Owen Quotes in Translations
Lancey: His Majesty's government has ordered the first ever comprehensive survey of this entire country — a general triangulation which will embrace detailed hydrographic and topographic information and which will be executed to a scale of six inches to the English mile.
Hugh: (pouring a drink) Excellent - excellent.
Lancey looks at Owen.
Owen: A new map is being made of the whole country.
Lancey looks to Owen: Is that all? Owen smiles reassuringly and indicates to proceed.
Manus: And they call you Roland! They both call you Roland!
Owen: Shhhhh. Isn't it ridiculous? They seem to get it wrong from the very beginning — or else they can't pronounce Owen. I was afraid some of you bastards would laugh.
Manus: Aren't you going to tell them?
Owen: Yes - yes - soon - soon.
Manus: But they...
Owen: Easy, man, easy. Owen - Roland - what the hell. It's only a name. It's the same me, isn't it? Well, isn't it?
Owen: Bun is the Irish word for bottom. And Abha means river. So it's literally the mouth of the river.
Yolland: Let’s leave it alone. There's no English equivalent for a sound like that.
Owen: What is it called in the church registry?
Only now does Yolland open his eyes.
Yolland: Let's see ... Banowen.
Owen: That's wrong. (Consults text.) The list of freeholders calls it Owenmore — that's completely wrong: Owenmore’s the big river at the west end of the parish. […] (at map) Back to first principles. What are we trying to do?
Yolland: Good question.
Owen: We are trying to denominate and at the same time describe that tiny area of soggy, rocky, sandy ground where that little stream enters the sea, an area known locally as Bun na hAbhann… Burnfoot! What about Burnfoot?
Owen: Can't you speak English before your man?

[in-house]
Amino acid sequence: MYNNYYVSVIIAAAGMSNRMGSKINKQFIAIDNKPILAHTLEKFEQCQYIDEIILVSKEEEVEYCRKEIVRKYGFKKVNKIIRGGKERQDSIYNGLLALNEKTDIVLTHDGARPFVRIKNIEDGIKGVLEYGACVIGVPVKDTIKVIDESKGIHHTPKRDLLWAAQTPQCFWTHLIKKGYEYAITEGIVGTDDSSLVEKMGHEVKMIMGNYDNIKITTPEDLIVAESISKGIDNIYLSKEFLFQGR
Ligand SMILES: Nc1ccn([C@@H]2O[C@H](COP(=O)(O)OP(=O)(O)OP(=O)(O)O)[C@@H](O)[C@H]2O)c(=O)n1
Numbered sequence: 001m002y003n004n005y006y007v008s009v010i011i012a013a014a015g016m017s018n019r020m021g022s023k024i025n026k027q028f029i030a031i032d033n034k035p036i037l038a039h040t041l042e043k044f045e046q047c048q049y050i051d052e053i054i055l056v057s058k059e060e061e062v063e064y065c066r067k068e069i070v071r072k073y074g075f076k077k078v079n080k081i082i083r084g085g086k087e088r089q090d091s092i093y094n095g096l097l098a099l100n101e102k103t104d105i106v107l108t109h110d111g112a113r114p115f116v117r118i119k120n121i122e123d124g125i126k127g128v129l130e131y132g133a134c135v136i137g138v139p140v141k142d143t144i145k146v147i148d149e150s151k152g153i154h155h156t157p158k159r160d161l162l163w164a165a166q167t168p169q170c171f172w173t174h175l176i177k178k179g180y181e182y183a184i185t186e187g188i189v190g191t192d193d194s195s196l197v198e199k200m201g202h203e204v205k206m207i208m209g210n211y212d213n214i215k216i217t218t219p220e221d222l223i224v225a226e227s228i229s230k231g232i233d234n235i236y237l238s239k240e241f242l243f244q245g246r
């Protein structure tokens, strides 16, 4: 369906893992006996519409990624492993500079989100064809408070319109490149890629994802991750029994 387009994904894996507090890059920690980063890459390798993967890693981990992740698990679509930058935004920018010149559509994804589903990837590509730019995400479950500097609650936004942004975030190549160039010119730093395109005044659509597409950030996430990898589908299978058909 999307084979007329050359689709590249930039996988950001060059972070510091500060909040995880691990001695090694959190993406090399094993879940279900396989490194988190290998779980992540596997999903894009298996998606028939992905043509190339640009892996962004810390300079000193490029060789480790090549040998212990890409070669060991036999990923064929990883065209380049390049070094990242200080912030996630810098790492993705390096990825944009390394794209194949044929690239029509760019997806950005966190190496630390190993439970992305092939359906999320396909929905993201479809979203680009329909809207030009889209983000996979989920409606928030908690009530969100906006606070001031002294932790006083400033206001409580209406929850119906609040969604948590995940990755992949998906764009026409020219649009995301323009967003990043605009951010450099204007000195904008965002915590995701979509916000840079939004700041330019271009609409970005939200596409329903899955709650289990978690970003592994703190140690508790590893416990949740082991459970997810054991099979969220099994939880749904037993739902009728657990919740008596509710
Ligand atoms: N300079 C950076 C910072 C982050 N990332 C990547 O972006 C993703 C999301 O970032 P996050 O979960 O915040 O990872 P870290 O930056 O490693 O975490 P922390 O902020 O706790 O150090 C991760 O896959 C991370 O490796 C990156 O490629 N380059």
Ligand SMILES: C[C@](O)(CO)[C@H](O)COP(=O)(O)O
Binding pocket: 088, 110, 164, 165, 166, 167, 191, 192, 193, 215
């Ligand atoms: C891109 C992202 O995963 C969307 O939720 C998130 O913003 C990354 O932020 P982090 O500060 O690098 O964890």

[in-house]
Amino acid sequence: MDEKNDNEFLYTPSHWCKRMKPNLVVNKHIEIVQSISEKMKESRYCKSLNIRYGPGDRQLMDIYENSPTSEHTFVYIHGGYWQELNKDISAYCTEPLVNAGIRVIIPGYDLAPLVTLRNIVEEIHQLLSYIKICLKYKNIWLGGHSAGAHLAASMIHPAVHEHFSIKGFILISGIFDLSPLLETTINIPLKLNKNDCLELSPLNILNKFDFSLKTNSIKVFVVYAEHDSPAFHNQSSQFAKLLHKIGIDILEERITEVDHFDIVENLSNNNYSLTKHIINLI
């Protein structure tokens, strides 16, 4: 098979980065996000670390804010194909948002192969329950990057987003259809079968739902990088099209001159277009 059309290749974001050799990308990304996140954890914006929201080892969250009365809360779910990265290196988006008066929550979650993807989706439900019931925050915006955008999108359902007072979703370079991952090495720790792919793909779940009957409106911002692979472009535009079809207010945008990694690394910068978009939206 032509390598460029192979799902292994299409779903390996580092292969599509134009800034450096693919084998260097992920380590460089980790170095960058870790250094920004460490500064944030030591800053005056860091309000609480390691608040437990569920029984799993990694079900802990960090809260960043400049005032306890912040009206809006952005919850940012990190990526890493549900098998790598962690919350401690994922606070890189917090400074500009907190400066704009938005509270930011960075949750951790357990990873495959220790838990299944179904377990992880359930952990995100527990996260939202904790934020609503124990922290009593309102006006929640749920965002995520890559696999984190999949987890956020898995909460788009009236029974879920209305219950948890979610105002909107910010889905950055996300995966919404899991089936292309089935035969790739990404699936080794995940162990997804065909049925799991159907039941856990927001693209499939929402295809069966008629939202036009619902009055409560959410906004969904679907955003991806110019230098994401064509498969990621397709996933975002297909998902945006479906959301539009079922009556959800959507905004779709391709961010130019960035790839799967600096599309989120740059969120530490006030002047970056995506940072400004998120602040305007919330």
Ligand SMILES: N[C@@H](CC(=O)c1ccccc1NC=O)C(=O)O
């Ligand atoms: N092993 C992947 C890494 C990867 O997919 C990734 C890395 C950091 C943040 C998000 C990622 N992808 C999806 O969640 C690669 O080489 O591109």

Owen: Out of courtesy.
Manus: Doesn't he want to learn Irish? (to Yolland) Don't you want to learn lrish?
Yolland: Sorry - sorry? I - I –
Manus: I understand the Lanceys perfectly but people like you puzzle me.
Even if I did speak Irish I'd always be an outsider here, wouldn't I? I may learn the password but the language of the tribe will always elude me, won't it? The private core will always be ... hermetic, won't it?
Owen: Do you know where the priest lives?
Hugh: At Lis na Muc, over near...
Owen: No, he doesn't. Lis na Muc, the Fort of the Pigs, has become Swinefort. (Now turning the pages of the Name-Book - a page per name.) And to get to Swinefort you pass through Greencastle and Fair Head and Strandhill and Gort and Vhiteplains. And the new school isn't at Poll na gCaorach - it's at Sheepsrock. Will you be able to find your way?
Owen: What is happening?
Yolland: I'm not sure. But I'm concerned about my part in it. It's an eviction of sorts.
Owen: We're making a six-inch map of the country. Is there something sinister in that?
Yolland: Not in ...
Owen: And we're taking place-names that are riddled with confusion and ...
Yolland: Who's confused? Are the people confused?
Owen: … and we're standardising those names as accurately and as sensitively as we can.
Yolland: Something is being eroded.
And ever since that crossroads is known as Tobair Vree — even though that well has long since dried up. I know the story because my grandfather told it to me. But ask Doalty — or Maire — or Bridget — even my father — even Manus — why it's called Tobair Vree; and do you think they'll know? I know they don't know. So the question I put to you, Lieutenant, is this: what do we do with a name like that? Do we scrap Tobair Vree altogether and call it — what? — The Cross? Crossroads? Or do we keep piety with a man long dead, long forgotten, his name ‘eroded’ beyond recognition, whose trivial little story nobody in the parish remembers?
Owen: How are you? Are you all right?
Sarah nods: Yes.
Don't worry. It will come back to you again.
Sarah shakes her head.
It will. You're upset now. He frightened you. That's all's wrong.
Again Sarah shakes her head, slowly, emphatically, and smiles at Owen. Then she leaves.
Hugh: (indicating Name-Book) We must learn those new names.
Owen: (searching around) Did you see a sack lying about?
Hugh: We must learn where we live. We must learn to make them our own. We must make them our new home.